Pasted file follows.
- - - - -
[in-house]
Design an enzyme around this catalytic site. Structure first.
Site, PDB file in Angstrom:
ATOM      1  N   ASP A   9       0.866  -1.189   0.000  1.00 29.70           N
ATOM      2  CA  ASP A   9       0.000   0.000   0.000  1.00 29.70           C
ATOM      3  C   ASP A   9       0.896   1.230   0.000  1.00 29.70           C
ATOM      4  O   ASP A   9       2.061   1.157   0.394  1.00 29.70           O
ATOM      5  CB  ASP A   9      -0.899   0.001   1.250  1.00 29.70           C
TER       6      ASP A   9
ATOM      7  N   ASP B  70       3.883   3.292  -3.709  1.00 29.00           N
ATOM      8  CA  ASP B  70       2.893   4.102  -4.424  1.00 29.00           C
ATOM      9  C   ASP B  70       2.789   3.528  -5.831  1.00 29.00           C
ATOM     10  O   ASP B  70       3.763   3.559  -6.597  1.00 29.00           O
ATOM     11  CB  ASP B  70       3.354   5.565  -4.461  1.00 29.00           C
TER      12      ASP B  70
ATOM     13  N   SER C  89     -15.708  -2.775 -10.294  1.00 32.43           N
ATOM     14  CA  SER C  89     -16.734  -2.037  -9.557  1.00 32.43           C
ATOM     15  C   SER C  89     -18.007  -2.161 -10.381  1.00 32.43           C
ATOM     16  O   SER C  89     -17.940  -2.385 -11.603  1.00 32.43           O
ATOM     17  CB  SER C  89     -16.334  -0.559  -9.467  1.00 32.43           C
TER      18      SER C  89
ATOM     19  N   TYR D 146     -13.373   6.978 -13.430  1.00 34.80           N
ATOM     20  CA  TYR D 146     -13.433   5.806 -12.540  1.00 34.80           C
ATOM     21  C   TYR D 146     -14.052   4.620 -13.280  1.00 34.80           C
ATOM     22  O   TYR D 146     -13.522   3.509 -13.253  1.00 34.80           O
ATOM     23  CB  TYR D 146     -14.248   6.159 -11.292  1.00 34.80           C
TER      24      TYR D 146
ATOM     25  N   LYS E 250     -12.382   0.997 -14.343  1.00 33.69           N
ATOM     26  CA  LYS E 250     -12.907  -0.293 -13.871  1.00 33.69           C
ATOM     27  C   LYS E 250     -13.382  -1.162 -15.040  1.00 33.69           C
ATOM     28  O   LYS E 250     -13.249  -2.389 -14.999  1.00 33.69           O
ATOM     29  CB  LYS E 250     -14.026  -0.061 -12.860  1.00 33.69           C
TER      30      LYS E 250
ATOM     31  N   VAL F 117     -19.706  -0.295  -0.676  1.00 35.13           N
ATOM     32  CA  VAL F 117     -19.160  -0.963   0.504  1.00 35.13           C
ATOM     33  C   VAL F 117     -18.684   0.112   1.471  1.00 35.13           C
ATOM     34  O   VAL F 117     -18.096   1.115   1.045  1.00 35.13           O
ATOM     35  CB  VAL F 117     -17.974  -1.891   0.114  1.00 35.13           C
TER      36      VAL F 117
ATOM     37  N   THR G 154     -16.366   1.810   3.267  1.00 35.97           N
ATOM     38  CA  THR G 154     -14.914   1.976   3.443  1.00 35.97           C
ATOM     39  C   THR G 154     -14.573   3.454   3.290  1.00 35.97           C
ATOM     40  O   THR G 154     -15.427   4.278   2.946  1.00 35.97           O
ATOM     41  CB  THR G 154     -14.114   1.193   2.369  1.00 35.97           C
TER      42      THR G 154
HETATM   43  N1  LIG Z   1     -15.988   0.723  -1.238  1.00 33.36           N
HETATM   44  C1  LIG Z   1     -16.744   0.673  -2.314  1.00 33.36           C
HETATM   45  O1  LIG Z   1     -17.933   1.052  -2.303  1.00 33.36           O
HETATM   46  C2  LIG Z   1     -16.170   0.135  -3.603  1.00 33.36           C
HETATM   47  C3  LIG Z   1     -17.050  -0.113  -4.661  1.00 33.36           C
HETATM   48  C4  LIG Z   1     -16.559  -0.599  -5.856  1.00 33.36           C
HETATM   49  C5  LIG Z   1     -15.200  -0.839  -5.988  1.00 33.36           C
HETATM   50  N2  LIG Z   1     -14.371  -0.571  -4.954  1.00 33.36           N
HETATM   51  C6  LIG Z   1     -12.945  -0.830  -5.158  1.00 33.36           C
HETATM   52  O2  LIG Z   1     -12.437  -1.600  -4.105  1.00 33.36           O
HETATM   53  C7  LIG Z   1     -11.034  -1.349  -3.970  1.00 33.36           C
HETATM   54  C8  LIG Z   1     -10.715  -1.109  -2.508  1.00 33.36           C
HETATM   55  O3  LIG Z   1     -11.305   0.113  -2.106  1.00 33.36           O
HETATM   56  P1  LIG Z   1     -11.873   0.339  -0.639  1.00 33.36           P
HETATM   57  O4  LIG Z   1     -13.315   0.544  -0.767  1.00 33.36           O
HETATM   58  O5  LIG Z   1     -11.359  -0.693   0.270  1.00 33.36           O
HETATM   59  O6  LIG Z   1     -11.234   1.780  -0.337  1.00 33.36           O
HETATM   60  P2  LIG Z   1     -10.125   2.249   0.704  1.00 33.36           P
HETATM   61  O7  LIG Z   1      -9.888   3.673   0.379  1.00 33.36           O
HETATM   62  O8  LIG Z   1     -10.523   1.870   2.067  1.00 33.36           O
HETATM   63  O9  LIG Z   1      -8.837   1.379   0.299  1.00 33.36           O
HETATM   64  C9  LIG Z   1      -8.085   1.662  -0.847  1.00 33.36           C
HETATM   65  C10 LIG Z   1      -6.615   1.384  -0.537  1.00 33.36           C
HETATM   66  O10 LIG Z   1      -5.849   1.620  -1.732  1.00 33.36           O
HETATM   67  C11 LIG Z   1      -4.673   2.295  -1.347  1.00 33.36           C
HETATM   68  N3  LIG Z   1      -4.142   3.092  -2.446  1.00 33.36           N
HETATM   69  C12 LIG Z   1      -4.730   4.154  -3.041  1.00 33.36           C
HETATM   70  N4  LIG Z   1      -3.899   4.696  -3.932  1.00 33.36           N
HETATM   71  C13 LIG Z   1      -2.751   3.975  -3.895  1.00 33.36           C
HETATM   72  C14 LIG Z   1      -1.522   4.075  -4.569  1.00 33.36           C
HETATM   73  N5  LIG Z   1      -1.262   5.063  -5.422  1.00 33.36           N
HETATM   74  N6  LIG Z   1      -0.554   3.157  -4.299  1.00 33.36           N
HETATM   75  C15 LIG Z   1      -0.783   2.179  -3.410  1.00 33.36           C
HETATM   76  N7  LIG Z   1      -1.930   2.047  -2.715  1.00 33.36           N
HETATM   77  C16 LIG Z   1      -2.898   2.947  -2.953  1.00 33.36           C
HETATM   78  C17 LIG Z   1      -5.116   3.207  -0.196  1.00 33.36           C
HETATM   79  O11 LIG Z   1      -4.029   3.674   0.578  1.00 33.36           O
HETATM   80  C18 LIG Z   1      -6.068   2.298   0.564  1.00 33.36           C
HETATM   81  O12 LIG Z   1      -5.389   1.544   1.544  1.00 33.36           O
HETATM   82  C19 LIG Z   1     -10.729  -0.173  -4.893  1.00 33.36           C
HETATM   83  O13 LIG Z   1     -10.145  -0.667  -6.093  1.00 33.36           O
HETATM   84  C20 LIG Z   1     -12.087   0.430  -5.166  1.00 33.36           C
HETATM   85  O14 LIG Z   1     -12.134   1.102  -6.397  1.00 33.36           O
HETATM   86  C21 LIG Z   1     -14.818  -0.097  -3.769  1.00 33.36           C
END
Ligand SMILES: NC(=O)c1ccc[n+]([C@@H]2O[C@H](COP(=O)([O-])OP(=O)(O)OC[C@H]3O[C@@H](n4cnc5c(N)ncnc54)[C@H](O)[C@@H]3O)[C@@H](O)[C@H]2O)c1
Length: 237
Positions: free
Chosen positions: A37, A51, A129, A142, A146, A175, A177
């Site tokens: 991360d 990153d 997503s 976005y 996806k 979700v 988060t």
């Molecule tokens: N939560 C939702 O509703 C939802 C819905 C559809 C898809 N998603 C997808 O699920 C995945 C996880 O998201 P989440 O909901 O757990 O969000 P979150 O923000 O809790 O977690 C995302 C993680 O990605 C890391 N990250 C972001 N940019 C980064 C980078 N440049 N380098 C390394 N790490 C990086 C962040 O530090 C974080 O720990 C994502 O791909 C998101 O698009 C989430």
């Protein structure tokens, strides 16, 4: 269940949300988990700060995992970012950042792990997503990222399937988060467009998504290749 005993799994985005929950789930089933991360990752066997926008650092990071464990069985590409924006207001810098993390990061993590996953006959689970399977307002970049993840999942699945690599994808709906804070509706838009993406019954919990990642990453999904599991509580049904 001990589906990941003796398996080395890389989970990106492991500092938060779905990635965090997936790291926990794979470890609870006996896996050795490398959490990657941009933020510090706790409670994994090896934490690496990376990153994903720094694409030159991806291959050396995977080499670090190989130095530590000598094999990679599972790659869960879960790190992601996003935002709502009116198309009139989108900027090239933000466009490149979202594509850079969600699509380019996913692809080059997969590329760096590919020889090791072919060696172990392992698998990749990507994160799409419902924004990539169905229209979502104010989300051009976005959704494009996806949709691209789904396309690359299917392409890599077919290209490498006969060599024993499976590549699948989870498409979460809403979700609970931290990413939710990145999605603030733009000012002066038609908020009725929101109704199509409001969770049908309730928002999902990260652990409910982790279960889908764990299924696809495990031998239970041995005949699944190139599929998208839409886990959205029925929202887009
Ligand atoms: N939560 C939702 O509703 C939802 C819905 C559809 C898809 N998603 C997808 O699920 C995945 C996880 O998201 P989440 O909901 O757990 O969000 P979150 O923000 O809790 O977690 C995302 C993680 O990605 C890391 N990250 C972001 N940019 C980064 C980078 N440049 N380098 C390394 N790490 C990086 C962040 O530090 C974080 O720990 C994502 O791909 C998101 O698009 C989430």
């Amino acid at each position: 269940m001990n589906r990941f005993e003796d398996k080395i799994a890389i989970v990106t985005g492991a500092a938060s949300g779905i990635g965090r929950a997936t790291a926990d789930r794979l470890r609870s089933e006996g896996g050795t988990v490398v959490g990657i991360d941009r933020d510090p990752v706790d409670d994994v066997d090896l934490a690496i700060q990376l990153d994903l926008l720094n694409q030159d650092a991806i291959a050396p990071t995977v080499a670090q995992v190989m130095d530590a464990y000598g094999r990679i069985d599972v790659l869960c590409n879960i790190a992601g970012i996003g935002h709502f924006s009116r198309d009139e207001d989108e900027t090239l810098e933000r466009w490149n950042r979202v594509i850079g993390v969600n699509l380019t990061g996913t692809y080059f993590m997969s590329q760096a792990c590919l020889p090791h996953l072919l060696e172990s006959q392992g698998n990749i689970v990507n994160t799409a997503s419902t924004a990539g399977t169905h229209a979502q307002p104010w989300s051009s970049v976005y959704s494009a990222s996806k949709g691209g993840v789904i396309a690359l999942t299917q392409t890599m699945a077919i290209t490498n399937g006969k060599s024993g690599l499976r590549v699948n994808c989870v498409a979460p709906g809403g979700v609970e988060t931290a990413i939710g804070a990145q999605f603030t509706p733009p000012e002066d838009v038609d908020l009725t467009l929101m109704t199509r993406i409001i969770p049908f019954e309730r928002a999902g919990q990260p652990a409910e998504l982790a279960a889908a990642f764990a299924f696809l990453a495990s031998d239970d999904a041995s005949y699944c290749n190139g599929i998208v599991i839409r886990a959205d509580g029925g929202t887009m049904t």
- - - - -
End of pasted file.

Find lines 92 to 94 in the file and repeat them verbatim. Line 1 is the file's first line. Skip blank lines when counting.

Length: 237
Positions: free
Chosen positions: A37, A51, A129, A142, A146, A175, A177